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Common Fears of Fatherhood and How to Cope

Congratulations, she's pregnant! How do you feel? If you're like most dads-to-be, you are more than a little nervous. It's okay; it's normal to experience some anxiety. According to Robert Rodriguez, PhD, a psychologist and author of several books for expecting dads, virtually all men have some fears about fatherhood. Sadly, some of these fears are strong enough to break up the relationship and some guys take out their fears on their wives or girlfriends through mental or physical abuse. But it doesn't have to go that way.

Let's take a look at the most common fears facing dads-to-be and what you can do to get over them and start enjoying the pregnancy and your new baby!

It's no secret that little bundles of joy cost a bundle of cash. Expect to spend about $10,000 in just the first year! But you can make it work. It may take some tight budgeting and good organization, but there are ways to cut costs and live more simply. Remember that babies don't need a bunch of fancy toys or the latest styles; they need your love and attention.

Mom and Baby's Health
Pregnancy and childbirth can be scary and you can easily get bogged down with all the talk about what might go wrong. But the facts don't lie: 96 to 97 percent of all babies are born "normal" (without a birth defect) and the risk of a woman dying during childbirth in the U.S. is just 13 in 100,000. That's less than 1 percent. So try to stay positive and focus on everything that can and will go right about the pregnancy, the birth, and beyond.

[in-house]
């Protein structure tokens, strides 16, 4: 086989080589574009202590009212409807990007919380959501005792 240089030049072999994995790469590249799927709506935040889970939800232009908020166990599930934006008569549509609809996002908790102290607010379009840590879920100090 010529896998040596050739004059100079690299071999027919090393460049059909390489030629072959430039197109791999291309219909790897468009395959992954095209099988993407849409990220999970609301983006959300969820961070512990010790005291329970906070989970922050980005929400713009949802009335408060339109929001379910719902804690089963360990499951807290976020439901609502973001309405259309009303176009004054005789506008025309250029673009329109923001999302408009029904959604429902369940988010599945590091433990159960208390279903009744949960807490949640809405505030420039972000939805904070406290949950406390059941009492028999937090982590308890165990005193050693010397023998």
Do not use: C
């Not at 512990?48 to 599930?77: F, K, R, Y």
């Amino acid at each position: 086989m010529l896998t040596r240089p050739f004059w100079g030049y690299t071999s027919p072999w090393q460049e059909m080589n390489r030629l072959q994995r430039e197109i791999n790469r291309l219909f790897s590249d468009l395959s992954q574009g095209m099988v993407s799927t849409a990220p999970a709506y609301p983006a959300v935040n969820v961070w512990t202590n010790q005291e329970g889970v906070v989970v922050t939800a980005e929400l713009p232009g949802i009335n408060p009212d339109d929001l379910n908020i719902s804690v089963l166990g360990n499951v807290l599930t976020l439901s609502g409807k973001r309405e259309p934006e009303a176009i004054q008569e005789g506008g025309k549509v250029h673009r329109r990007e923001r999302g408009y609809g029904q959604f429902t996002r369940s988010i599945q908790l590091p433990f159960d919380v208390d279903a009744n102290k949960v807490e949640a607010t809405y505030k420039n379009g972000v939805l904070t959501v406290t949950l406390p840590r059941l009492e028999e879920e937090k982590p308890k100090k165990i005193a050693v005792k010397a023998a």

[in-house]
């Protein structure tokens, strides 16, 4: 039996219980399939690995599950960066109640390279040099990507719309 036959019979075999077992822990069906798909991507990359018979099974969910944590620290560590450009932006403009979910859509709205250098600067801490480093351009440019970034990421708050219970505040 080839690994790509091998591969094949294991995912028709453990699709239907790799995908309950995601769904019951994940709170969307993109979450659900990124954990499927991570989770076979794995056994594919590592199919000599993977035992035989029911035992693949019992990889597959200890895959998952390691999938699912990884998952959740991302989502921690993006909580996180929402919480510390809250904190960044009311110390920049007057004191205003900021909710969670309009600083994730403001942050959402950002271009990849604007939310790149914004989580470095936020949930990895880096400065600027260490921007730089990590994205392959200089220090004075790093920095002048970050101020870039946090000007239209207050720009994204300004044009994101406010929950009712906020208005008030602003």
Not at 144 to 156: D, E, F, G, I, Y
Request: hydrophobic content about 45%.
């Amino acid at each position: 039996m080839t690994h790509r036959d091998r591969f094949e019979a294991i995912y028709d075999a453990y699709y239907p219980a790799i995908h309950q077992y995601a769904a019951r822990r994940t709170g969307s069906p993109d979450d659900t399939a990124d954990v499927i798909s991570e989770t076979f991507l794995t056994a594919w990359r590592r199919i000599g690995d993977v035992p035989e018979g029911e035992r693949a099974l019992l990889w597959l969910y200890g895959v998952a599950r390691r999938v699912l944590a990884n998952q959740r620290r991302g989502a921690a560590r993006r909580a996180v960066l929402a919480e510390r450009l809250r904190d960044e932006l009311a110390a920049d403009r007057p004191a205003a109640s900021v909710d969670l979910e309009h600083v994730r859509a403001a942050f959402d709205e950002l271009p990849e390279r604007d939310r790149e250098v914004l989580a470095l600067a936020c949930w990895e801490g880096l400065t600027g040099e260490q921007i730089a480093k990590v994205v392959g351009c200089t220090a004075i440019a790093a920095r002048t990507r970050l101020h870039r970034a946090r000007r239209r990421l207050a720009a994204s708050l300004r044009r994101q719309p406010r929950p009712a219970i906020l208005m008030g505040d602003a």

Gone are the days when dads paced the waiting room while mom labored alone. Most women want their partners at their bedside during childbirth, and most guys want to be there too. But that doesn't mean they aren't worried about fainting, puking, or what they might see and never be able to erase from their memory. While childbirth can be a very intense experience, most guys who have been through the process say it's intense in a good way - a powerful emotional, spiritual, bonding moment. TV and movies are mostly to blame for the overblown dramatics you may fear - the screaming, the blood, the chaos. Once you are in there, chances are you will forget all about puking or fainting and focus on helping her and seeing your beautiful baby for the first time.

If you have had at least one thought about whether or not this kid is really yours, you're not alone. This uncertainty has plagued man since the beginning of time. In fact, Jerrold Shapiro, PhD, surveyed 227 expecting men and found that more than 50 percent of them had "fleeting thoughts" or "nagging doubts" about their baby's paternity. If you are in an unstable or relatively new relationship your concerns may be more intense and prolonged, but according to Dr. Rodriguez, in many cases these feelings really reflect your low self-esteem rather than any rational doubt. So don't let a few irrational fears cloud your judgment and ruin your relationship.

Being a Good Dad
If you are at all concerned about being a good dad, you should take that as a good sign that you will be. Seriously. Being concerned shows that you care, which is the first step in becoming a good dad. Try to look at these concerns in a positive light rather than as an indication that you will screw up or that you are incapable of being a good dad. Most guys feel that they aren't ready to be a dad and will drop the ball (or the baby!). But remember that learning to be a dad is a process, not an overnight transformation. Spending time alone with your baby will help you learn what to do. Start with short periods of time - half an hour or an hour, and work up to a whole day. Your wife or girlfriend will appreciate the break and you will develop a close bond with your new baby!